I thought I was one of the good guys. Then I read the Aziz Ansari story.

She told me to stop. I ignored her. It took me years to realize how wrong I was.

Last week, I read the Babe.net article describing an encounter between comedian Aziz Ansari and a woman identified only as “Grace.” I read about how Ansari allegedly pushed past several verbal and nonverbal cues suggesting that Grace was not comfortable with their sexual encounter. I had a sickening moment of truth: I’ve done that.

It was just over four years ago. I was 22, newly single, and in college. I had just broken up with my long-distance girlfriend of five years and had spent the past few years hearing all about my friends’ and roommates’ hookups. I was excited to be single and date around. I kept a mental list of several women around school whom I wanted to sleep with.

I had an acquaintance, “Julie,” who was on that list. I’m not using her real name here, and I’m writing this piece anonymously, to protect both of our privacy. We had been to parties together, laughed together, and on a couple of occasions, I had walked her home. We liked each other enough to flirt, which eventually turned into the occasional texting conversation or phone call. I got the sense she was attracted to me.

After a couple of weeks of texting, Julie invited me on a trip to her home a few hours away from campus. I felt a little weird about going, as we didn’t know each other very well. But I said yes — to me, the invite felt like a pretty big sign that she wanted to hook up, and I was eager to have sex.

We arranged our travel plans. She would drive her car, and I would sleep over at her place the night before we left because we had to wake up early.

That night, Julie and I hooked up — and I ignored several of her verbal and nonverbal cues telling me to stop. Years later, I have come to believe that I came alarmingly close to raping her. I’m still disturbed by how normal it felt at the time.

The verbal and nonverbal cues I ignored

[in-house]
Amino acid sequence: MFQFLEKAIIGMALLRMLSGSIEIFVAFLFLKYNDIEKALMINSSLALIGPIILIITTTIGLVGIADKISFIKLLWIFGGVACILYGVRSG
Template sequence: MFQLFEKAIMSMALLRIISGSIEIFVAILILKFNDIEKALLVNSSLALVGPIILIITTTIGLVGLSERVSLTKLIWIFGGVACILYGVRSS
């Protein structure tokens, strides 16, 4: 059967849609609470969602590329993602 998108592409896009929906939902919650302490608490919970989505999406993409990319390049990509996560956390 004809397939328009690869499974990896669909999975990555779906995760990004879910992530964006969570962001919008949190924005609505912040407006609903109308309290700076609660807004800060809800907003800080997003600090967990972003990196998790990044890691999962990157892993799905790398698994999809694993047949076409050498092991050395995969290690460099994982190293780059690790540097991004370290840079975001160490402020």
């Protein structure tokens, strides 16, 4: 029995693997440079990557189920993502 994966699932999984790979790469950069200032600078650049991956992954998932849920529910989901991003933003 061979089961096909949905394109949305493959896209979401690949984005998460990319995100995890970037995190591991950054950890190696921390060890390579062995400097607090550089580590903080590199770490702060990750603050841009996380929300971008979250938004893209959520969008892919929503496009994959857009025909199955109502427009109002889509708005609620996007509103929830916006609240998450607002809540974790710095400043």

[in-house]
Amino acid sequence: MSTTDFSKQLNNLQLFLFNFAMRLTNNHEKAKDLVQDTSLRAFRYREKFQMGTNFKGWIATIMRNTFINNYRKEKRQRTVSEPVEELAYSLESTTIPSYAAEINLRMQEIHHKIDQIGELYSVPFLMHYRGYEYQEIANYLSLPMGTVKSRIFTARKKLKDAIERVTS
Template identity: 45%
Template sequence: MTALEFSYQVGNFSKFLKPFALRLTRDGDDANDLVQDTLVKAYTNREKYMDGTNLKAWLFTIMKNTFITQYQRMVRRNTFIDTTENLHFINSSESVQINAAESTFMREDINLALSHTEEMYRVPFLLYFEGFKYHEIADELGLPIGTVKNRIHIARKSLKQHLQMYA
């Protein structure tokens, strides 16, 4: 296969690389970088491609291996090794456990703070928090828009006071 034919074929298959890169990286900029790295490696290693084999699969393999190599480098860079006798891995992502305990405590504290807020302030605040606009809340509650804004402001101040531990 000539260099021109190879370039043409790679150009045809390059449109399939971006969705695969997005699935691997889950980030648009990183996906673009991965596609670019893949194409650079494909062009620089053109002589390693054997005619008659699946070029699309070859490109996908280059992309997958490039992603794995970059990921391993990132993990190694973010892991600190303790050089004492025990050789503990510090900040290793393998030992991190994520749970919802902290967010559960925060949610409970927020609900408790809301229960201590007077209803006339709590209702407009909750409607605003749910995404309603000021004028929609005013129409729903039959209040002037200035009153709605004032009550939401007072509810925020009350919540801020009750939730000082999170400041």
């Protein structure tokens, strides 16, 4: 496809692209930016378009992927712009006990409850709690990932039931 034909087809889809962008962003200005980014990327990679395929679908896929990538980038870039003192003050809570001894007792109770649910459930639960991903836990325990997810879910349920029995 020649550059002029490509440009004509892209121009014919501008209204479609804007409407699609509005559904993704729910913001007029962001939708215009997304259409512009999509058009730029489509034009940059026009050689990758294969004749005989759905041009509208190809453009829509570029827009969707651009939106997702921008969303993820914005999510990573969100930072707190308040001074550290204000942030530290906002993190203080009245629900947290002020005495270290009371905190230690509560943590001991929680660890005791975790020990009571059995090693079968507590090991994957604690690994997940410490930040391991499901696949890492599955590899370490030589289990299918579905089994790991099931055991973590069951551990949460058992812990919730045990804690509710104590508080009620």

I arrived at Julie’s house at around 11 pm. We walked upstairs to her bedroom, which was small and cozy, lit by a star-shaped lamp.

I looked around. Her mattress was basically the only thing to sit or sleep on. It was clear — we would be sharing the bed. My face flushed, and my heart beat faster. I took this as a sign that a hookup would happen.

I lay in bed with Julie, her head resting comfortably on my chest, and we talked about this and that. We were dozing off a bit when we both turned on our sides to face each other. I could see her eyes were closed, but I sensed she was still awake. I touched my forehead to hers. She brought her mouth to mine, and we kissed.

As we were making out, we couldn’t find our rhythm. It felt like either her mouth was too small for mine or my mouth was too big. It seemed like she didn’t want to open hers all the way. I kept finding her teeth with my tongue, or going in for a mouth-half-open kiss, only to land on her pursed-shut lips. In the moment, I blamed first-hookup awkwardness.

I moved my hands under her shirt, pulled her close, grabbed her ass, and hoisted her above me so she could straddle my waist. It seemed sexy. She was still kissing me. I took off her shirt and bra.

At some point, I went down on her. I don’t remember any verbal cues to stop, but what I do remember is a significant nonverbal cue: She wasn’t making any sound. No moans, no breaths, no words. She seemed stiff. But I kept going because, well, I thought that oral sex was something people typically enjoyed. I worried I wasn’t doing it right, so I tried different spots and techniques, but nothing changed.

After some time, which I now realize was far too long, I stopped and asked if she was okay. She hesitated before speaking, and sat up.

“I don’t think we should have sex. We’re friends, and I think having sex will make things complicated.”

I responded almost immediately. “I don’t think it will make things complicated. I’m totally fine with figuring that out later.” I kind of laughed, I think, because I thought I was being charming. My feelings at the time were: We’re in the middle of having sex. It’s already complicated. Stopping now doesn’t make it less complicated. I was also horny, and Julie was hot, so I disregarded her feelings; I lurched toward her and starting kissing her neck.

“Are you sure you want to stop?” I whispered in her ear as I moved my hand toward her crotch.

“I just don’t think we should, because we’re friends.”

She never physically stopped me from touching her. At the time, I took that as a sign that she actually wanted me to continue. Her verbal objections, I convinced myself, were her poetic way of telling me she liked me enough to want to be in a relationship with me.

She was telling me to stop. And I didn’t. At least not at first. Instead, I continued to touch her clitoris, kiss her neck, and take off my underwear. She continued to say nothing and do nothing, and she was still stiff. I rubbed my penis across the outside of her vagina. She was wet. I convinced myself that this was further evidence that she wanted it.

I positioned myself for penetration but paused right before pushing inside her. At that point, things kind of snapped together for me. She didn’t want this — maybe she hadn’t pushed my hand away, but she had verbalized not feeling comfortable doing it. So I stopped.

It took me years to realize that even though I stopped, I’d still violated her.